Rare bird’s eggs hatch after spring flooding rescue
- Credit: Courtesy of WWT
Rare bird's eggs that were rescued from muddy farmland following heavy downpours have successfully hatched.
Godwits were forced to nest away from the safety of their wetland habitat in the Nene Washes due to flooding, leaving their eggs in poor condition.
But conservationists from the Wildfowl & Wetlands Trust (WWT) teamed up with farmers to rescue the eggs to rear and release, known as head-starting.
Some 32 eggs were collected and so far 15 have hatched through the conservation scheme Project Godwit - a partnership between WWT and RSPB.
Rebecca Lee, principal species conservation officer at WWT, said: 'Conditions were so bad that we were concerned that they might not survive.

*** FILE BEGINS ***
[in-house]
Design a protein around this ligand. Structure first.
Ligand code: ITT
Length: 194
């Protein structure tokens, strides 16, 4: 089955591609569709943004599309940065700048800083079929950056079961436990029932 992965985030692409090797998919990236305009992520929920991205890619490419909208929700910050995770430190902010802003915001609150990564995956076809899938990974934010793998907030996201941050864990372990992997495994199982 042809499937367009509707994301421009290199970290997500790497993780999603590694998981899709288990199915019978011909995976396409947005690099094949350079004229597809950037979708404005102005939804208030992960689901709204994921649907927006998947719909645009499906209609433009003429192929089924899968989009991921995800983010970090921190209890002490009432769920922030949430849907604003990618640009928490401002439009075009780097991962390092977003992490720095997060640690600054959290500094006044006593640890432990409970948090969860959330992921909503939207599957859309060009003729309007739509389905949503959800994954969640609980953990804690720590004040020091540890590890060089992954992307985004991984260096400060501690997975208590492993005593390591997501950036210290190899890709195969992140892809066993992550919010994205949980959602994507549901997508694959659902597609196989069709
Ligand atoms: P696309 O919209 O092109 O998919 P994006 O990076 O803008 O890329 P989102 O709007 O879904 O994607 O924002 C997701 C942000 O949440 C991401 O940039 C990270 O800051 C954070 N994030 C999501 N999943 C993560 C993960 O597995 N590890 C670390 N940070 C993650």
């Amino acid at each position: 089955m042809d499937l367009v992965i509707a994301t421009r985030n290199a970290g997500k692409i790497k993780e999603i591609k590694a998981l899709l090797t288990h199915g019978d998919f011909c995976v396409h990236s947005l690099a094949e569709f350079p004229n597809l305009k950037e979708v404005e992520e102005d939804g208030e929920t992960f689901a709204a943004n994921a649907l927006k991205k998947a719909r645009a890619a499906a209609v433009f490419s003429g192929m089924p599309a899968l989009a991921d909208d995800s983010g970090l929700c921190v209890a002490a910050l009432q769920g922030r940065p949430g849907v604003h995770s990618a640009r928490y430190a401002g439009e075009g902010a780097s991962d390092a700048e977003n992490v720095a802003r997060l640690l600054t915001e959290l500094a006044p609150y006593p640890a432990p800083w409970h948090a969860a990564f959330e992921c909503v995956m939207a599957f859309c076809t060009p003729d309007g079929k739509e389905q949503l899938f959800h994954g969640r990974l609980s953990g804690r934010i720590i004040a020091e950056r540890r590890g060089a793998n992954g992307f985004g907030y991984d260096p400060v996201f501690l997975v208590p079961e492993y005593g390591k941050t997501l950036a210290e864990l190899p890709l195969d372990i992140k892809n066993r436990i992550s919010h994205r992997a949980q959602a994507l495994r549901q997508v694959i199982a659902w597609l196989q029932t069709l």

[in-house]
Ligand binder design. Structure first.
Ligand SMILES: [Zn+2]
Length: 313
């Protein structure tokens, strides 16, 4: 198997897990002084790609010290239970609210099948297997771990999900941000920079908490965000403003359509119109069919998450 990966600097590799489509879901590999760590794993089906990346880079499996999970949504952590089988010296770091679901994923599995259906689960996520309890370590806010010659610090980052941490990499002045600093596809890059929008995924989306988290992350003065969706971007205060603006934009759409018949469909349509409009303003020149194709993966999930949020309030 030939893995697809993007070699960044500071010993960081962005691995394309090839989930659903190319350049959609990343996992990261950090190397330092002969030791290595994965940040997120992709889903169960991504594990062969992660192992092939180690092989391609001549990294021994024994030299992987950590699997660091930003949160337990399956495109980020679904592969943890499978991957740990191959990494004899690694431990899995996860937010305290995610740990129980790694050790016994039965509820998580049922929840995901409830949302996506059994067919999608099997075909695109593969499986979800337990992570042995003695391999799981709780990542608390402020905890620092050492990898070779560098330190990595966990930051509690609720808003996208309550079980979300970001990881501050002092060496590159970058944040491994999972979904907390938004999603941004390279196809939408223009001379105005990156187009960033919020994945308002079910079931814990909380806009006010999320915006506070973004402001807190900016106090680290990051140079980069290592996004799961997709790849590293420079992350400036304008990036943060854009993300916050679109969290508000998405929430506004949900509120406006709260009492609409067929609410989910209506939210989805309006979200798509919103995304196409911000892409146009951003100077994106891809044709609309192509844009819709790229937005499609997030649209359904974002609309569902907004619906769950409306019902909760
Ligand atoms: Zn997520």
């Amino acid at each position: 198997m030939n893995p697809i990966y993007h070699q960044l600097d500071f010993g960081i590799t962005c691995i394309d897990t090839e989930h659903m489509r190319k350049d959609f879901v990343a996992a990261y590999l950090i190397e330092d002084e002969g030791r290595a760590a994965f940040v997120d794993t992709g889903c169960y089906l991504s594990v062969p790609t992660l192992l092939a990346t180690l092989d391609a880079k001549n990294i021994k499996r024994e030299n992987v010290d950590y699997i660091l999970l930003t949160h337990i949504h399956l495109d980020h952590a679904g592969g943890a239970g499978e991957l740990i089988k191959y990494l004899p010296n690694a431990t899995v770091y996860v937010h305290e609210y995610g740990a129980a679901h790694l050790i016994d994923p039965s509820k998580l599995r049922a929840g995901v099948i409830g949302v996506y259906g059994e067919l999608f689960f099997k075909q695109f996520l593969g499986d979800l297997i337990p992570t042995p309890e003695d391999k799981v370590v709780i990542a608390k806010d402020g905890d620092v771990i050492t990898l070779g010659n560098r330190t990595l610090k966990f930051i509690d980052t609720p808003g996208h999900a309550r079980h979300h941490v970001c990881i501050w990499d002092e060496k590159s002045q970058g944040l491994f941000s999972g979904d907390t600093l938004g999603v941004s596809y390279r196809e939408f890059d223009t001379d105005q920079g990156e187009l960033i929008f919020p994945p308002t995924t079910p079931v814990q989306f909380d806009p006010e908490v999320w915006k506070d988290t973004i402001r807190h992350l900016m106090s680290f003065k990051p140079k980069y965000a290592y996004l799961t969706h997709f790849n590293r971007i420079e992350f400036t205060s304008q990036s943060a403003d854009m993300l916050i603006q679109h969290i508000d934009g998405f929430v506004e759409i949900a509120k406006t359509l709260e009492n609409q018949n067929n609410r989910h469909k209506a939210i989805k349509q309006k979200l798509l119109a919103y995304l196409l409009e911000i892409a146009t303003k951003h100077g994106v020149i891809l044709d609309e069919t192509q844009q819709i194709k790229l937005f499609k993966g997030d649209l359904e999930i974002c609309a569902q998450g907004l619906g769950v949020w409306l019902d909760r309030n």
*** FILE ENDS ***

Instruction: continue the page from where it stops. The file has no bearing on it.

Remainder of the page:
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'A number of the eggs that we did manage to collect were in such bad condition that they resembled muddy potatoes.
'Thankfully, the majority of these eggs have shown signs of life and many have hatched successfully despite our reservations.'
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